But could this disaster be reframed in a different way – that it's one step backward in order to take two steps forward? Certainly.

Jimmy Butler
The Timberwolves are willing to shop Jimmy Butler, but want something in return. USATSI

This year's Timberwolves roster was constructed to win now. The average age of Timberwolves players on this roster is 27.2 years old, per RealGM.com; that's the sixth-oldest team in the NBA. The average age of last year's Timberwolves roster was 27.3 years old, which was the ninth-oldest team in the NBA. Eight players from this year's roster were acquired as free agents. Thibodeau had hoped this experience would propel the team not just out of the lottery but deep into the playoffs. It was working pretty well last season until Butler's injury.

But the season before last – in 2016-17, Thibodeau's first season with the Timberwolves – the average age on the roster was 25.7 years old, the seventh-youngest team in the NBA. That roster was built in-house, not from free agency. Nine players on that team were acquired through the draft and draft trades. The last team to have more players on its roster acquired through the draft or draft trades was the 2012-13 Portland Trail Blazers with 10.

What Butler's trade request could do to the Timberwolves is reset the clock to a similar timeline the Timberwolves were looking at during the 2016-17 season. That makes the original Butler trade a sunk cost, but the sunk cost that was last season also included valuable playoff experience for Towns and other youngsters like Andrew Wiggins and Tyus Jones.

"We want them to carry that forward," Thibodeau told me Tuesday.

So is it really so bad for the Timberwolves that Butler requested this trade, crappy timing and all?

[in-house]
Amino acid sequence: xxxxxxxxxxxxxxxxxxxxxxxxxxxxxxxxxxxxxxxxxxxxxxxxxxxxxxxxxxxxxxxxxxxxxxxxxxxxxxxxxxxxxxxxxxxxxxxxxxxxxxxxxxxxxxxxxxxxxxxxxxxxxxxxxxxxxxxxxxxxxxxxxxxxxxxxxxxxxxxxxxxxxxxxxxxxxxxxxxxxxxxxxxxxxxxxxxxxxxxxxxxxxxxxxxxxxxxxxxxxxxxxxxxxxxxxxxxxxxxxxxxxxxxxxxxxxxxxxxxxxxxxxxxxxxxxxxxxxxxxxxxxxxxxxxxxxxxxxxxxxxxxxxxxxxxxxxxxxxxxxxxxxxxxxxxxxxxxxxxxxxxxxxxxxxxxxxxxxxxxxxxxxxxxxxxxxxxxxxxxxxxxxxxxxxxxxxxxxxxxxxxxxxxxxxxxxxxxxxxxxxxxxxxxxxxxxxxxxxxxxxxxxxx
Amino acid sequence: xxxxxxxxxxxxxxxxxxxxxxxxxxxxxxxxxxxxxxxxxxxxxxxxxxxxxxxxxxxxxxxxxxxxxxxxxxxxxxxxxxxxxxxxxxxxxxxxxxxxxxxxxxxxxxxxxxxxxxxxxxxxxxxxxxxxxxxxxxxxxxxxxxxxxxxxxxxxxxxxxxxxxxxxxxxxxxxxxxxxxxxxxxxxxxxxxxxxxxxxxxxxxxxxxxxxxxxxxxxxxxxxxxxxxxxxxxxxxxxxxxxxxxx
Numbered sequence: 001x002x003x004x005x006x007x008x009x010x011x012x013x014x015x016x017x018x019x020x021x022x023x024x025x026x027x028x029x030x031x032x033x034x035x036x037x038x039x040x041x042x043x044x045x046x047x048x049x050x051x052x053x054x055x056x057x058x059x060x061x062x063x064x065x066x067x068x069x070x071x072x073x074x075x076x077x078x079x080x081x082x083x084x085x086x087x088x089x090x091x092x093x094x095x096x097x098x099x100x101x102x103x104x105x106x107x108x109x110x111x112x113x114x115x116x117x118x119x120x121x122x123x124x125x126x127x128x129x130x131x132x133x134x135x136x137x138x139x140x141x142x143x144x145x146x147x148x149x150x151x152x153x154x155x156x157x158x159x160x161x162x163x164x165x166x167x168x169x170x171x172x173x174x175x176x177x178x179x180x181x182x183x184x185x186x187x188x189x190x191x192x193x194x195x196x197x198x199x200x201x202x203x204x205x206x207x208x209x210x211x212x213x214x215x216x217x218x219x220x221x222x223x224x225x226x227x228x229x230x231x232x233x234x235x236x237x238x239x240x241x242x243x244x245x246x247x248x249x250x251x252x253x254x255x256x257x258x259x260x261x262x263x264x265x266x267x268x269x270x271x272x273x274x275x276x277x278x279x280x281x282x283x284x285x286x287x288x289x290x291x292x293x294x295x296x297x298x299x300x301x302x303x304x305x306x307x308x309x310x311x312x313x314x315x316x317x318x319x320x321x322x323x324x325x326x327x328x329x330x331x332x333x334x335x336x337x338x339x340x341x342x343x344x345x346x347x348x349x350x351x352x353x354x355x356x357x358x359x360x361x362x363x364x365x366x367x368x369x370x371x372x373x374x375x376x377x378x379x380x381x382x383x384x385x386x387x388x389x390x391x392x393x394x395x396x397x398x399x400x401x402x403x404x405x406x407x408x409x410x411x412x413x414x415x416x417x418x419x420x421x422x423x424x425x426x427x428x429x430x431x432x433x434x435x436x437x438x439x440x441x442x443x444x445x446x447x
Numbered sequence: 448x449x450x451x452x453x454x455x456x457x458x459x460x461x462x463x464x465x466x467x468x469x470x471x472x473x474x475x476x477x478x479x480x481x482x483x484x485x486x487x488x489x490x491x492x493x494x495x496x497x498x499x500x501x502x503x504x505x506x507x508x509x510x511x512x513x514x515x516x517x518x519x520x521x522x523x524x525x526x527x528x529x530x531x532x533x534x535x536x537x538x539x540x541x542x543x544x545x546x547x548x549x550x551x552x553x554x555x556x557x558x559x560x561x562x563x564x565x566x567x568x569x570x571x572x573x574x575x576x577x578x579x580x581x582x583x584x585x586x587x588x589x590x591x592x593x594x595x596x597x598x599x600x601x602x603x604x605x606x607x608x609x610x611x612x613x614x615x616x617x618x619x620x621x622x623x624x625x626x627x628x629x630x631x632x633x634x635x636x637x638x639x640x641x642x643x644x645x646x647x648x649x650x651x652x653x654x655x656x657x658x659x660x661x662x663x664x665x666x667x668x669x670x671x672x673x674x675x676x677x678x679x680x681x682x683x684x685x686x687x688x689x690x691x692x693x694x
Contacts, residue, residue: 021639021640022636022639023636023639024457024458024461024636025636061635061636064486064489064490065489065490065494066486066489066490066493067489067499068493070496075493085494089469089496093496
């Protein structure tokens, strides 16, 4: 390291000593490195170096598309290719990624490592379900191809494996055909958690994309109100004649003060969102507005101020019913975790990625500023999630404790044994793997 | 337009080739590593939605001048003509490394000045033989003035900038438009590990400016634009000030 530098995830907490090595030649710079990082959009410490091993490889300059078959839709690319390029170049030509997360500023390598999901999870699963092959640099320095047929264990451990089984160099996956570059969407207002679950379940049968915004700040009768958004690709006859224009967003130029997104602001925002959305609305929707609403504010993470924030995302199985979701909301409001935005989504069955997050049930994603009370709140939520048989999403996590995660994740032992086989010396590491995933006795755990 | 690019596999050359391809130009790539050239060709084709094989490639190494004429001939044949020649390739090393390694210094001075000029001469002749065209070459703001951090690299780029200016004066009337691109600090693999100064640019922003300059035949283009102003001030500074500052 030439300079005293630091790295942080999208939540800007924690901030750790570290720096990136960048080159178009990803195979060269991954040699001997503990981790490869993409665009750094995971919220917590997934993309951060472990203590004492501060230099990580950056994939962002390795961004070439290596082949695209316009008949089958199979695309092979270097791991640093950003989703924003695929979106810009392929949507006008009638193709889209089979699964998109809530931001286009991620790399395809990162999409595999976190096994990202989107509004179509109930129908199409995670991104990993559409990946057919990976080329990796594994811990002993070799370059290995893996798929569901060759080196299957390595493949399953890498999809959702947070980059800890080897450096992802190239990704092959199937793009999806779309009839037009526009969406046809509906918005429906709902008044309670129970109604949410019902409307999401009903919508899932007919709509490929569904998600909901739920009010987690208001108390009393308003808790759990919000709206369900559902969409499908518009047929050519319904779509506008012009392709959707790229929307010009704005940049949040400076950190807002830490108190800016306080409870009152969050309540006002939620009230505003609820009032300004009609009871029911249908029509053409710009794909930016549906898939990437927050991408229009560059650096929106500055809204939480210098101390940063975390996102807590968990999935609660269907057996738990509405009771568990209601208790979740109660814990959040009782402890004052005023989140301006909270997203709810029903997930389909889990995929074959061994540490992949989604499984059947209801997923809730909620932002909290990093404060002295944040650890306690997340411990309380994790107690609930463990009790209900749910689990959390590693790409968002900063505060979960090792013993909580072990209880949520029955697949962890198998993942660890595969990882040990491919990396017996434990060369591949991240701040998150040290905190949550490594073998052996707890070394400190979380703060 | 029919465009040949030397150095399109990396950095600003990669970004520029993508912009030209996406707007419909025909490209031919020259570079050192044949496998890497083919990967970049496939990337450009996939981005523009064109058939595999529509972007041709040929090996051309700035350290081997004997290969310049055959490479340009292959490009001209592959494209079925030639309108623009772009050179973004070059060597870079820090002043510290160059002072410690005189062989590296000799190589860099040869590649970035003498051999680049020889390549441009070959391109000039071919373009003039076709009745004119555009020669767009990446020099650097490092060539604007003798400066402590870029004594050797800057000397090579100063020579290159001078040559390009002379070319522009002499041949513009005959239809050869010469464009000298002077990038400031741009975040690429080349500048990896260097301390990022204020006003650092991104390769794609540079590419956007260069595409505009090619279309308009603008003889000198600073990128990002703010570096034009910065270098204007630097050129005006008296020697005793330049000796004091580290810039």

Sorry, but the Timberwolves weren't going to win a conference title this season no matter what Butler did and no matter how much Towns and Wiggins improved. That'll be the Golden State Warriors (or the Houston Rockets or, hell, the Los Angeles Lakers -- never doubt LeBron James). What Butler's trade does is reset this franchise's clock around the development of two youngsters: Towns, who last season was an All-Star and All-NBA player, and Wiggins, who still has an enormous amount of talent despite the frustrating results. Kicking the can down the road, when Towns and perhaps Wiggins are both reaching their prime, likely means a few things: The Golden State Warriors will no longer be dominating the league, Father Time will finally start to catch up with James, and rest of the league's active MVP winners will be well into their 30s (with Dirk Nowitzki presumably retired).

Plus, Butler had clearly come to the conclusion that he didn't envision his future with this franchise. He wasn't going to sign with the Timberwolves this coming offseason when he's an unrestricted free agent. Perhaps the Timberwolves can gain some useful young talent for Butler now instead of losing him for nothing in free agency.

The timing is never good when a player requests a trade. Thibodeau said that during Monday's media day. I brought up to him Tuesday that the timing of Butler's trade request seemed especially bad.

Thibodeau put on an optimistic face.

"We don't get distracted," he said. "That's the important thing. In the NBA things always change, whether it's a trade request, an injury -- it could be a lot of different things. You have to be ready to go. Don't allow yourself to be distracted. That's the important thing."

Of course he'll say something like that. The obvious way to look at the Timberwolves current situation is that it's a franchise disaster. He's trying to put a happier face on something that's pretty embarrassing, that his guy – the guy he moved mountains to acquire barely a year ago – is requesting a trade.

But there's an optimistic way to look at this situation as well, and a way that isn't naïve and Pollyannish. Days after one of the franchise's star players requested a trade, the franchise was able to lock up another star – the younger of the two stars, and the type of player NBA teams tank for entire seasons in order to have a chance to draft – for five more seasons after this one.

It's not what anyone in this organization would have asked for at the end of last season. But depending how things go in the coming weeks and months, it could be a blessing in disguise.